I just heard that Mrs Elmassian past away and it was to late for me to attend the funeral services and pay the last respect. I recall a happy event that happened long time ago at the Elmassians residence. It must have been around mid sixties during the early and very active years of the Armenian Community Center (ACC) at 18 Dupont Street at north west corner of Dupont and Avenue Road.
Mr Krikor Elmassian, had invited me and a dear friend Viken Ajemian for a supper at their residence on east side of the Bathurst Street between Wilson and Sheppard Avenue. The invitation was a surprise for both of us, since none of us knew the Elmassian family closely, and the only social contacts we had with them have been during Armenian Community social gatherings.
At the time both of us were active members of the ACC and Krikor and his wife were more active in the Holy Trinity Armenian Church at Woodlawn Avenue and Yonge, south of St Clair. I think the supper was at the occasion of an Armenian tradition associated with the church, even it could have been at the Armenian Christmas Eve on January 5 of which this happy story is all about.
Apart from Krikor, his wife Mrs Elmassian, and Krikor’s elderly mother, present were also, Mr and Mrs Vartan Vartanian, then a church deacon and active member of the church. (Elmassian couple did not have any children). Krikor, a tall and handsome man, maybe in his late fifties or early sixties with thick graying hair and a matching mustache, turned out to be a great host and a good wine connoisseur as well. Mrs Elmassian who looked younger than Krikor, with always smiling face and polite manners, turned out to be a very attentive and gracious host lady, “Հիւրասէր տան տիկին”
Judging from their intimate behavior, it seemed that Elmassian and Vartanian families were socially well interactive which created the perfect family atmosphere “Ընտանեկան մթնոլորտ” that we were missing as two immigrant bachelors. Krikor’s pleasantly contagious laughter, complemented with Vartan’s pleasant humor, turned the evening quite enjoyable one.
Both Krikor and Vartan were good story tellers as well. Krikor talked mostly about his family’s activities in the Armenian Community in his hometown Romania, and especially his father’s active role in the ARF organization. Vartan told stories from his hometown Jerusalem and his emotional and proud encounters with prominent Armenian leaders and intellectuals who visited Jerusalem specially the “Armenian Quarter”, the Armenian Patriarchate and the school.
Հայկական ճոխ սեղան is how best to describe the dinner table filled with tasty Armenian dishes and complemented with fine wine that everyone was enjoying. Krikor talked about the variety and the quality of the wine like an expert who knew his product. Krikor was seating at the one end of the table and his mother (Mama), was seating at the other end.
Mama was a tall although frail looking old lady with snow white hair, but her uptight seating posture, and observing eyes make her look younger and very dignified lady. She was very observant and kept reminding every one to eat specially me and Viken “Տղաս բան մը չես ուտէր, ասոր համին նաէ, շատ համով է” etc. Every body was in festive mood and was enjoying the evening.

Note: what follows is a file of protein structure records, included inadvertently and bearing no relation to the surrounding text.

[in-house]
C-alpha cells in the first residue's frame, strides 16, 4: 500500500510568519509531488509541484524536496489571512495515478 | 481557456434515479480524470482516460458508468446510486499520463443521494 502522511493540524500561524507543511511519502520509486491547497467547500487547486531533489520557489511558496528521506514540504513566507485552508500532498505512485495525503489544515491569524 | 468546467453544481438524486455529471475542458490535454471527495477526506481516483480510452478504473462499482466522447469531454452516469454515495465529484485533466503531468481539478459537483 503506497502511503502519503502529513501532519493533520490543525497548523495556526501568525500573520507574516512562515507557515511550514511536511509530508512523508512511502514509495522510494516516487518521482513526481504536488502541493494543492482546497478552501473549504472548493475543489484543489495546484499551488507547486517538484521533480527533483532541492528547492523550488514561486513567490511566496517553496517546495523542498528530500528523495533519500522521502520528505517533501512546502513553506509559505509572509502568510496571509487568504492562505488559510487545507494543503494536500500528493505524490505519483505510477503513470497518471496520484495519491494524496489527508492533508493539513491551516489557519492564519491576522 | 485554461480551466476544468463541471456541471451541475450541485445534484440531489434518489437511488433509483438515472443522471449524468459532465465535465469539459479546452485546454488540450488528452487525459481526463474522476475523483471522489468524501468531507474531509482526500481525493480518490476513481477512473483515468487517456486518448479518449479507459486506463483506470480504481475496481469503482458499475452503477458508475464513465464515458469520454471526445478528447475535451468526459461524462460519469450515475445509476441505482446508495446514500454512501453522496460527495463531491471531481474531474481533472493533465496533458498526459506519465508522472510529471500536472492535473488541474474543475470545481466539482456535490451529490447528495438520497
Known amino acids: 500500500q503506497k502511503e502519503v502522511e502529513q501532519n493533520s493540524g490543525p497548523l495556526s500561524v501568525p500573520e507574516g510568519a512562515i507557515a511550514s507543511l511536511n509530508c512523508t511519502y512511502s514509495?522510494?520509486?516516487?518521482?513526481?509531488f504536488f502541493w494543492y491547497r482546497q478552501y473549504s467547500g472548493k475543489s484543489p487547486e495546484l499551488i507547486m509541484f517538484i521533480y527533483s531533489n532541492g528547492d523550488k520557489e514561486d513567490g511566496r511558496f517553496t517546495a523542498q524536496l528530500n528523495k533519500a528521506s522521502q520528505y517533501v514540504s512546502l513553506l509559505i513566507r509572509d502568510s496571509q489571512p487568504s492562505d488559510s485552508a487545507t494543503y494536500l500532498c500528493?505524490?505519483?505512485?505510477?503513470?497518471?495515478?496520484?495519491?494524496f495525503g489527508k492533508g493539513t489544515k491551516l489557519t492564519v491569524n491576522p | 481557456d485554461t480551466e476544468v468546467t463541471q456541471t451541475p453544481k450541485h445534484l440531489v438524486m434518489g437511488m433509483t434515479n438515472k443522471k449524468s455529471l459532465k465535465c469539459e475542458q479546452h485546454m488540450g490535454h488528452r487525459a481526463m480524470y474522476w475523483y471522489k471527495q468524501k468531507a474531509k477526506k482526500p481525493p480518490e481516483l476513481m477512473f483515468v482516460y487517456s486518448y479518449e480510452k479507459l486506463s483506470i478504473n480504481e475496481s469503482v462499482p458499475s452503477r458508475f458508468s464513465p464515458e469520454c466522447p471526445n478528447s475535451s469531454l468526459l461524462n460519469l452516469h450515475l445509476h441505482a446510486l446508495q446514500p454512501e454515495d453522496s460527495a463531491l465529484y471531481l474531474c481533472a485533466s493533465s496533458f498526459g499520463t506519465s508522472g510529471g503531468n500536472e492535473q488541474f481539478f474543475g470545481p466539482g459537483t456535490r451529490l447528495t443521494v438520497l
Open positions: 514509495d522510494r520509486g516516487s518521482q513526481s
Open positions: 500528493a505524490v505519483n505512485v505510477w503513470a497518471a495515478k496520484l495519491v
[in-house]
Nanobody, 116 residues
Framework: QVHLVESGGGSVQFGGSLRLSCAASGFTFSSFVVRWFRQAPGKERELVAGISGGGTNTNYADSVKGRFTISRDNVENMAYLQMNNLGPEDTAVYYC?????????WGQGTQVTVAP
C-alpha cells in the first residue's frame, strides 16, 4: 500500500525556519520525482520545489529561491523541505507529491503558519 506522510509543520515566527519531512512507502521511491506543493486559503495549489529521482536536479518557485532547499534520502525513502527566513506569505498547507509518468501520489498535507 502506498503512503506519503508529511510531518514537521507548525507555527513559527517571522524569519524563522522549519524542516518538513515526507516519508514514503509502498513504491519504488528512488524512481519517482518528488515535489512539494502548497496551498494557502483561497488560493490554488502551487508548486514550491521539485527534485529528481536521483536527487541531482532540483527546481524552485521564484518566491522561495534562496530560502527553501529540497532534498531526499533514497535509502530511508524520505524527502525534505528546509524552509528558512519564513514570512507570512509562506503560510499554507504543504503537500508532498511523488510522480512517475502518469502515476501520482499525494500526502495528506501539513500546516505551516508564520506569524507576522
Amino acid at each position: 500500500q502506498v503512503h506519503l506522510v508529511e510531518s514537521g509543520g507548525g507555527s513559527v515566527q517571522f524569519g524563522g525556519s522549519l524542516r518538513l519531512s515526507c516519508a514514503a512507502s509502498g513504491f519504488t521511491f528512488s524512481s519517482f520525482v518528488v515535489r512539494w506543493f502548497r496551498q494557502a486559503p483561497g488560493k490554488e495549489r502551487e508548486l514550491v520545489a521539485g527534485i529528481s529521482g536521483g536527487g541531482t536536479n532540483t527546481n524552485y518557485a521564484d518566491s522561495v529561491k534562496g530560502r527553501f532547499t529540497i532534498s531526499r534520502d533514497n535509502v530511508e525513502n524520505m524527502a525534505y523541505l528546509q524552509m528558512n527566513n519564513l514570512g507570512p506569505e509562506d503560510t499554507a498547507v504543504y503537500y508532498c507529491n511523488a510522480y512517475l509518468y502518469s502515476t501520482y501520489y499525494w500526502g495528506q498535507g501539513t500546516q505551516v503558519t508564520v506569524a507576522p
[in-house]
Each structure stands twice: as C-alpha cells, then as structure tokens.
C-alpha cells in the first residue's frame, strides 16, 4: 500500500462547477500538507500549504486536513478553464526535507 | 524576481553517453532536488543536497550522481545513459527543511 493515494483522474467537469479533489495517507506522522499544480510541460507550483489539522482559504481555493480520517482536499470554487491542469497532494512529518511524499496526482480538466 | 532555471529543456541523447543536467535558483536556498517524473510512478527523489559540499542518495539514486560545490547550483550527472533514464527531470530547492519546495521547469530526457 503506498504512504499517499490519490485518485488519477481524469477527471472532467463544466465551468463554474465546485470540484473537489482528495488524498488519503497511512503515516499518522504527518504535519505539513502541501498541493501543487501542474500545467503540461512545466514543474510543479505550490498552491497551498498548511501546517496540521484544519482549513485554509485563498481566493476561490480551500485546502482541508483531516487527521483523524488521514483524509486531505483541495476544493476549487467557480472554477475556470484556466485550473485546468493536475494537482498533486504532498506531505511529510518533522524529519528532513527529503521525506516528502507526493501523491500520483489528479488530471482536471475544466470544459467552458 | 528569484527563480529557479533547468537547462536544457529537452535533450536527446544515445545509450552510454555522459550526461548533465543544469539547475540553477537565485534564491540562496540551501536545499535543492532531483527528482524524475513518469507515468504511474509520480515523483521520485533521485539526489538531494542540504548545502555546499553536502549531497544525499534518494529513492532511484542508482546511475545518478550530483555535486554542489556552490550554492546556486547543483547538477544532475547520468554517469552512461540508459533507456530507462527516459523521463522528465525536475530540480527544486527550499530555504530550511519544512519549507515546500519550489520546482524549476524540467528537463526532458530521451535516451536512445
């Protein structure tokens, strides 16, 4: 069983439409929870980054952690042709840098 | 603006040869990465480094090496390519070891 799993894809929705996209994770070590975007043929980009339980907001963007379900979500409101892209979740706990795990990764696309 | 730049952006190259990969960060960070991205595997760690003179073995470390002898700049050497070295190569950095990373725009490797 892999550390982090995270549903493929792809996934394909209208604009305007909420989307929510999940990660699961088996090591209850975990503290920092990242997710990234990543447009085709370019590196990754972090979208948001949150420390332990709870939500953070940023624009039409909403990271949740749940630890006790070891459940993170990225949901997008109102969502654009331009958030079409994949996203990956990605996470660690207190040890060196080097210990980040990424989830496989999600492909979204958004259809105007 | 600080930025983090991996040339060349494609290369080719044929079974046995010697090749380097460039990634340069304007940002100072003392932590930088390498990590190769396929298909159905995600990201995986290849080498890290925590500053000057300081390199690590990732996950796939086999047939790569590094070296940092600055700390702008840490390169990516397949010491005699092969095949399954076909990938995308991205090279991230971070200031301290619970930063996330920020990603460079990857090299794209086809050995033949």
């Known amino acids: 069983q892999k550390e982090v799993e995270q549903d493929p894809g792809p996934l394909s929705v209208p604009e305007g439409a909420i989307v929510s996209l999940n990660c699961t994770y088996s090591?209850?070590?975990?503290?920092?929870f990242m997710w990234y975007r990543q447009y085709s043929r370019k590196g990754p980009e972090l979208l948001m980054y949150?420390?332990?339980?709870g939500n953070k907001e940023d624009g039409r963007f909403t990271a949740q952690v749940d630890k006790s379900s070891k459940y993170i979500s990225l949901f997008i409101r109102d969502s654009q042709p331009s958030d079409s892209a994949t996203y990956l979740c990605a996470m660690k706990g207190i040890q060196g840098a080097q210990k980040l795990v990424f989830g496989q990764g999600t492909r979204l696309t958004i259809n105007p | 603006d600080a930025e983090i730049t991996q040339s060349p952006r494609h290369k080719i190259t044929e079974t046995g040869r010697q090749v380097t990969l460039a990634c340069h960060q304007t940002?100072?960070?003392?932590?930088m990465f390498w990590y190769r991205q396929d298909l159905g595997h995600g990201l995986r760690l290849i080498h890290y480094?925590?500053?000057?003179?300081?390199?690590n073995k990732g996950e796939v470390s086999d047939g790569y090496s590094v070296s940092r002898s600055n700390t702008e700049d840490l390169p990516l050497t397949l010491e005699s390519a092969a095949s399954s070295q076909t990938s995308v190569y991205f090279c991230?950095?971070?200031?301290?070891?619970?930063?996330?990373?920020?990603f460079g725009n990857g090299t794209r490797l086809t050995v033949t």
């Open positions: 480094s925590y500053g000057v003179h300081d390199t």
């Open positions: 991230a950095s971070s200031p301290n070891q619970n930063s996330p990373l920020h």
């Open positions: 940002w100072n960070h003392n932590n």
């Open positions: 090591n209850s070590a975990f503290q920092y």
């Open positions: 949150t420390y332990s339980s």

During the conversation at one point Mama Elmassian complained that in the past, members of the church coir Դպրաց դաս use to visit their home at the Armenian Christmas Eve on January 5 and sing the traditional Armenian Christmas Carols but regrettably had ended the practice.
Some time after that wonderful evening, I do not know on whose initiative it was that, a decision was made by ACC executive to revive that tradition not only for the sake of the preserving the tradition, but also as a fund raising venue. At the time (maybe always and today as well) every Armenian function, “Ձերնարկ” apart from its intended purpose usually has also a fund raising purpose as well. (Later during the construction of the new ACC and School at 45 Hall Crown Place, the “Joke of the town” was that, the executive members of the ACC were vacationing on a cruise, and the ship starts to sink, and they immediately start to get donation pledges signed by panic stricken passengers before very one got drowned!).
Before the next Armenian Christmas Eve, about twenty young and enthusiastic men and women (mostly newcomers from Middle East) were “trained” by Nizag and Moushegh Hovagimian brothers who were deacons of the church and also coir members, and knew the Armenian Christmas Carols rather well. About 6 groups were formed each having a list of different houses to visit and sing the Armenian Christmas Carols. The two “singing challenged” Բաղաձայն Viken and me joined the group that visited the Elmassian family.
Needles to say the Elmassian family members were delighted to see the revival of the Armenian tradition that they loved, specially so for Mama Elmassian, whose face was beaming with joy, and tears of joy pouring from her eyes. (The tradition continued by ACC till the Saint Mery Սուրբ Աստուածածին Church coir Դպրաց դաս took over and carried on the tradition for many more years before discontinuing it).
May god bless the soul “Աստուած հոգին լուսաւորէ” Mrs Elmassian, her husband Krikor, Mama Elmassian, Viken Ajemian, Moushegh Hovagimian, and all those who no longer are with us, who helped to revive an Armenian tradition and thus helped in part to preserve the Armenian identity in Toronto that lasted maybe over twenty years.
Zohrab Bebo Sarkissian